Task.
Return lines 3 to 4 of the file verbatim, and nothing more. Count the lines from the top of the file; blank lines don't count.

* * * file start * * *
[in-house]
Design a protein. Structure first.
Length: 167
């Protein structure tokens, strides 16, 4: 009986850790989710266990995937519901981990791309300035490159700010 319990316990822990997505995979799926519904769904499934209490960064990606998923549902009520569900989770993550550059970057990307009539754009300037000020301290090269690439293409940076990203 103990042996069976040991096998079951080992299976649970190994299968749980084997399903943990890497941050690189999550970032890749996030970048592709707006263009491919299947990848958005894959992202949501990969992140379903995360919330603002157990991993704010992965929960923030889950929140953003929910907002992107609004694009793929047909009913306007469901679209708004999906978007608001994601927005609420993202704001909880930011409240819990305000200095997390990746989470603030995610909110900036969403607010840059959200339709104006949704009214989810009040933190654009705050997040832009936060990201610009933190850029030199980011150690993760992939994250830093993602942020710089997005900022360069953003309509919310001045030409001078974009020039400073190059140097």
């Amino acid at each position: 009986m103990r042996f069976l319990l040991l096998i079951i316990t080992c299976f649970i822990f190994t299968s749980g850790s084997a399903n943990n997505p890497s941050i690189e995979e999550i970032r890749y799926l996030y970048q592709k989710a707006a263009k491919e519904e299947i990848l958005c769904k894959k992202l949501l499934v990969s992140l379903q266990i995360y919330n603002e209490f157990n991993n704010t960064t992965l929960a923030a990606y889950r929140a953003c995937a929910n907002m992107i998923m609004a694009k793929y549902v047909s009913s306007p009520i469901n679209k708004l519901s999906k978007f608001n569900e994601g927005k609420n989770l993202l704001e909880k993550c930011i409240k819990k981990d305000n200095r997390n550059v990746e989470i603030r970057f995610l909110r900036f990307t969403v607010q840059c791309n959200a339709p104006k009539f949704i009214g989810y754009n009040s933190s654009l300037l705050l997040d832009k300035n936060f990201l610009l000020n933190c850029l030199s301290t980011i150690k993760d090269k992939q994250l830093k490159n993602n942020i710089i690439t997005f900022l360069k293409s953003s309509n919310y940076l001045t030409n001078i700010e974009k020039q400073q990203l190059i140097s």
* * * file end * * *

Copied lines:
Length: 167
């Protein structure tokens, strides 16, 4: 009986850790989710266990995937519901981990791309300035490159700010 319990316990822990997505995979799926519904769904499934209490960064990606998923549902009520569900989770993550550059970057990307009539754009300037000020301290090269690439293409940076990203 103990042996069976040991096998079951080992299976649970190994299968749980084997399903943990890497941050690189999550970032890749996030970048592709707006263009491919299947990848958005894959992202949501990969992140379903995360919330603002157990991993704010992965929960923030889950929140953003929910907002992107609004694009793929047909009913306007469901679209708004999906978007608001994601927005609420993202704001909880930011409240819990305000200095997390990746989470603030995610909110900036969403607010840059959200339709104006949704009214989810009040933190654009705050997040832009936060990201610009933190850029030199980011150690993760992939994250830093993602942020710089997005900022360069953003309509919310001045030409001078974009020039400073190059140097």